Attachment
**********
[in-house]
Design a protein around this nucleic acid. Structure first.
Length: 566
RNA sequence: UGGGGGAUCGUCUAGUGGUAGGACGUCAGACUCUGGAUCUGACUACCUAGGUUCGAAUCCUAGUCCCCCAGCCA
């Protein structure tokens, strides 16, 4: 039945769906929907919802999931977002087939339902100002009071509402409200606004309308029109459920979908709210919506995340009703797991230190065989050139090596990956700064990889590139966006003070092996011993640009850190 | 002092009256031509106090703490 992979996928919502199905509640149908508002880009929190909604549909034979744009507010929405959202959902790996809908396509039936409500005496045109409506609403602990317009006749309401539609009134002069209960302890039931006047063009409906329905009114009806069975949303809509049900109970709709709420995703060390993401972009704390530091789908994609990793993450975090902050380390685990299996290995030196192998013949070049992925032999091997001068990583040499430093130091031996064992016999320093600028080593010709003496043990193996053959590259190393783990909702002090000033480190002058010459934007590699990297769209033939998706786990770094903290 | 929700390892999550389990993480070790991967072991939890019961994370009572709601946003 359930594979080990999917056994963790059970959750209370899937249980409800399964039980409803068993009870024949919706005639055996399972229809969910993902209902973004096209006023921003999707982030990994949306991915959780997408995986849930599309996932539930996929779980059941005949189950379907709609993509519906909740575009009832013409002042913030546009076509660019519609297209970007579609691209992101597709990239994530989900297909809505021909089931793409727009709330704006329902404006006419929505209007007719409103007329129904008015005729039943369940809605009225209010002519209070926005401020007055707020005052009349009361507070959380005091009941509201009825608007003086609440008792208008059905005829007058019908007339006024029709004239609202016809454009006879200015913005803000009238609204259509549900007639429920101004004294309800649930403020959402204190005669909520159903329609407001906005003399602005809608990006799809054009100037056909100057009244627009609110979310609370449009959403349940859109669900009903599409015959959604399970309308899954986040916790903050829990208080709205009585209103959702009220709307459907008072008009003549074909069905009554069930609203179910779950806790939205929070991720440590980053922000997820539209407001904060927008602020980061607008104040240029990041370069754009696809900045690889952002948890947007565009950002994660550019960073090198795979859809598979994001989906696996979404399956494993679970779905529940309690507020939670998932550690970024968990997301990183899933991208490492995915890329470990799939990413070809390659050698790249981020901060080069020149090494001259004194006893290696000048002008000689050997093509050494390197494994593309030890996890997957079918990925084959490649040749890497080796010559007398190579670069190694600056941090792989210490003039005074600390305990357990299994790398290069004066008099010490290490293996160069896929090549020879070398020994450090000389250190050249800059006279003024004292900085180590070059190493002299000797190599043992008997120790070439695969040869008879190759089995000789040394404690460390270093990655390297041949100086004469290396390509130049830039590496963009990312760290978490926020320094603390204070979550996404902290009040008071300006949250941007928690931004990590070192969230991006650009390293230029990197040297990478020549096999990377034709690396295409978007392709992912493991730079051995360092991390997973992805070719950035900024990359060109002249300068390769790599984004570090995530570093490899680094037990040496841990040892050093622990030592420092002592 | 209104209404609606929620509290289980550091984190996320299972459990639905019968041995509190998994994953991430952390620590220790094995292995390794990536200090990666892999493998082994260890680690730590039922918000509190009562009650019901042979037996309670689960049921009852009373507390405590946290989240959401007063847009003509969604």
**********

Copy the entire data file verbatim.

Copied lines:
[in-house]
Design a protein around this nucleic acid. Structure first.
Length: 566
RNA sequence: UGGGGGAUCGUCUAGUGGUAGGACGUCAGACUCUGGAUCUGACUACCUAGGUUCGAAUCCUAGUCCCCCAGCCA
């Protein structure tokens, strides 16, 4: 039945769906929907919802999931977002087939339902100002009071509402409200606004309308029109459920979908709210919506995340009703797991230190065989050139090596990956700064990889590139966006003070092996011993640009850190 | 002092009256031509106090703490 992979996928919502199905509640149908508002880009929190909604549909034979744009507010929405959202959902790996809908396509039936409500005496045109409506609403602990317009006749309401539609009134002069209960302890039931006047063009409906329905009114009806069975949303809509049900109970709709709420995703060390993401972009704390530091789908994609990793993450975090902050380390685990299996290995030196192998013949070049992925032999091997001068990583040499430093130091031996064992016999320093600028080593010709003496043990193996053959590259190393783990909702002090000033480190002058010459934007590699990297769209033939998706786990770094903290 | 929700390892999550389990993480070790991967072991939890019961994370009572709601946003 359930594979080990999917056994963790059970959750209370899937249980409800399964039980409803068993009870024949919706005639055996399972229809969910993902209902973004096209006023921003999707982030990994949306991915959780997408995986849930599309996932539930996929779980059941005949189950379907709609993509519906909740575009009832013409002042913030546009076509660019519609297209970007579609691209992101597709990239994530989900297909809505021909089931793409727009709330704006329902404006006419929505209007007719409103007329129904008015005729039943369940809605009225209010002519209070926005401020007055707020005052009349009361507070959380005091009941509201009825608007003086609440008792208008059905005829007058019908007339006024029709004239609202016809454009006879200015913005803000009238609204259509549900007639429920101004004294309800649930403020959402204190005669909520159903329609407001906005003399602005809608990006799809054009100037056909100057009244627009609110979310609370449009959403349940859109669900009903599409015959959604399970309308899954986040916790903050829990208080709205009585209103959702009220709307459907008072008009003549074909069905009554069930609203179910779950806790939205929070991720440590980053922000997820539209407001904060927008602020980061607008104040240029990041370069754009696809900045690889952002948890947007565009950002994660550019960073090198795979859809598979994001989906696996979404399956494993679970779905529940309690507020939670998932550690970024968990997301990183899933991208490492995915890329470990799939990413070809390659050698790249981020901060080069020149090494001259004194006893290696000048002008000689050997093509050494390197494994593309030890996890997957079918990925084959490649040749890497080796010559007398190579670069190694600056941090792989210490003039005074600390305990357990299994790398290069004066008099010490290490293996160069896929090549020879070398020994450090000389250190050249800059006279003024004292900085180590070059190493002299000797190599043992008997120790070439695969040869008879190759089995000789040394404690460390270093990655390297041949100086004469290396390509130049830039590496963009990312760290978490926020320094603390204070979550996404902290009040008071300006949250941007928690931004990590070192969230991006650009390293230029990197040297990478020549096999990377034709690396295409978007392709992912493991730079051995360092991390997973992805070719950035900024990359060109002249300068390769790599984004570090995530570093490899680094037990040496841990040892050093622990030592420092002592 | 209104209404609606929620509290289980550091984190996320299972459990639905019968041995509190998994994953991430952390620590220790094995292995390794990536200090990666892999493998082994260890680690730590039922918000509190009562009650019901042979037996309670689960049921009852009373507390405590946290989240959401007063847009003509969604």